Sponsored by Today, Sun, Jan 29 2023 Accraexpat sign in left Member Login | Sign Up Accraexpat sign in right   Sponsored by
Accraexpat logo
loading ads...
HOW TO Guide

How To with mobile communications




Mobile communications

A big role in everyone’s daily life.



Mobile telecommunications are now a recognized success all over Africa and billions have been made by those who had foreseen its potential over poor landline infrastructures run by mismanaged public companies.


The first cellular phone service in Ghana was initiated by Mobitel in 1992. In that year alone, 19,000 Ghanaians owned mobile phones. In 1998, the number of mobile phone users in the country increased to 43,000. In 2000, four companies competed for cellular customers and subscribers numbered 132,000.


Within the last decade, Ghana’s mobile telecommunication industry has simply exploded and is thriving due to the continuous development of the country, a fast growing customer base, low rates compared to some other African countries and a competitive array of competent providers. After passing the 5 million mark in 2005, the industry had 15 million subscribers at the end of 2009 (according to the Communications Ministry), an amazing annual growth and a penetration rate of almost two-third (an illustration of the reduction of the number of people living below the national poverty line from 52% in 1991/92 to 28% in 2005/6?). The 20 million mark was passed early 2012.


Everyone knew that things would never be the same again in Ghana’s mobile telecommunication industry with international giant Vodafone’s entry into the market in 2009, shortly after Zain’s (now Airtel). Ghana is now the meeting point of major African and international telecoms players: MTN, Tigo, Vodafone, Airtel, and the long-awaited Glo Mobile from Nigeria.


Since then, the competition is raging and everyone’s efforts to sign-on new customers and keep existing ones is significant. In 2009, Vodafone made an entry splash with one million dollar* grand prize (comprising a 4-bedroom fully furnished high-end house, a Japanese brand 4X4 vehicle with a complimentary driver for 3 months and 12 months free high speed Vodafone Broadband internet connection) and Airtle/Zain’s spring stunt since then, “Live Your Dream”, a promotion where the biggest of the cash rewards was a whopping GHc75,000. And so on. The competition now extends beyond regular mobile services to Internet access.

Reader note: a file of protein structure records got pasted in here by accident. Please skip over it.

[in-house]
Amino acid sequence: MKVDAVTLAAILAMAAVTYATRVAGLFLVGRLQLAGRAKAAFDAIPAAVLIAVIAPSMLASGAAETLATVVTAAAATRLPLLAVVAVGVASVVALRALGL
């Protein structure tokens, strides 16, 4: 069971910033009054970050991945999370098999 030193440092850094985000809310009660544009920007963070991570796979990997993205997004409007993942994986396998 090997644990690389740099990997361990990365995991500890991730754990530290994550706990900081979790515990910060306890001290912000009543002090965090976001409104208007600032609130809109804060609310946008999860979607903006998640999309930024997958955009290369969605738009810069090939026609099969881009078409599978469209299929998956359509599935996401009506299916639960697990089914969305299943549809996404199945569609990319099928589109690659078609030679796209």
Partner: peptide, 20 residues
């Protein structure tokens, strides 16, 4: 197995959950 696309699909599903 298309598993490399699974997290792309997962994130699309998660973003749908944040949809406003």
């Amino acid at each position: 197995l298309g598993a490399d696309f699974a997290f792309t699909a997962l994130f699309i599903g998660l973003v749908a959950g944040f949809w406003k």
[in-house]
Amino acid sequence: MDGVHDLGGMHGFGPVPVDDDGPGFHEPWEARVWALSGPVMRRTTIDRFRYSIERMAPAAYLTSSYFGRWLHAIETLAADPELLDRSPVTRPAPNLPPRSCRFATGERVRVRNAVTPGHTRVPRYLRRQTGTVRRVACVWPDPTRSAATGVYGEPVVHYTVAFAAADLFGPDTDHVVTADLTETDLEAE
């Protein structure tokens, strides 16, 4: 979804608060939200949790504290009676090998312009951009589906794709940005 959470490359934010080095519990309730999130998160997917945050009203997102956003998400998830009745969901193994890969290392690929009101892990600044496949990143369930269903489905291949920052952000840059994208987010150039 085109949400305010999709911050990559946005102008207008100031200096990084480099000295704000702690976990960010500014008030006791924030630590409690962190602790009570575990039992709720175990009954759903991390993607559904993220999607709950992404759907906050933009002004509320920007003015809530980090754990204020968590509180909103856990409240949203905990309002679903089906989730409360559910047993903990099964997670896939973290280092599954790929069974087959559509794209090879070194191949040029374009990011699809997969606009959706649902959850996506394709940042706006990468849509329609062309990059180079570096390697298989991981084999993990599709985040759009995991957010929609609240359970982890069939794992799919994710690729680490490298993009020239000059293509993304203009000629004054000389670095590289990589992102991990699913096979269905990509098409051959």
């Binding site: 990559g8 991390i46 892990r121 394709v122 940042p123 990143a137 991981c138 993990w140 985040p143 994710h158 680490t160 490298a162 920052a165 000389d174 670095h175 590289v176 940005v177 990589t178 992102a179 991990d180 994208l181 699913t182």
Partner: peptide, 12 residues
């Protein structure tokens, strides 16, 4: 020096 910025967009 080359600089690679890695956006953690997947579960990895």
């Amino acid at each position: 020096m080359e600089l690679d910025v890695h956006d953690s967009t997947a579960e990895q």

A review of mobile communications providers

Getting connected

 Note: identification of Phone Chip Owners

A word of advice




Promotions are good but what is important is that the cost of using your mobile in Ghana and to call abroad is very reasonable, as such and when compared to other African countries, such as Cameroun.


Local calls were at an average GHS 0.135 per minute but Vodafone has brought rates down to below 10 Pesewas a minute, as low as GHS 0.08. Pricing for foreign calls are less simple as there are no single operator leading with international rates so, before selecting an operator, check the rate to the country(ies) you plan to call most. See some end user tariffs on this page (PDF version here) of the website of the National Communications Authority. Note that MTN and Airtel offer special rates to countries they operate in and that all operators charge per second. For example, international rates from MTN in 2014 were divided in seven groups of countries, from GHS 0.15 to 1.15 per mn.
Above rates are subject to change without notice. Please check with operators.

To call abroad, dial 00 before your country code and local number.


A review of mobile communications providers
See the Editor Blog's Post on the subject.


MTN, the leader    45% market share

MTN has always been a market leader in Ghana. From when the network was branded Spacefon, Areeba and finally MTN, it always stood out with their wide network coverage and numerous value-added services. Being the first digital cellular network in Ghana, the high quality offered by their GSM technology attracted many people. Scancom Ghana Limited (the company behind MTN in Ghana) is one of the biggest companies in Ghana, has been the leader from the start and enjoys the fastest growth. Its cellular network had less than a million subscribers late 2004 and reached eight millions in April 2010. MTN is however loosing ground with a market share that went below 50% late 2011.

Vodafone, the true international brand    23% market share
Vodafone is widely known to be a world-class telecommunications company and the seventh most valuable brand in the world. One can only expect the very best from them, following their take-over of Ghana Telecom and its Onetouch subsidiary. Vodafone made a lot of noise with its launch into Ghana in spring 2009 and still does. A year and a half later, it had over 15% of the market and 15.4 million clients. How the similar branding colors of Vodafone and Airtel will affect the two brands will be observed.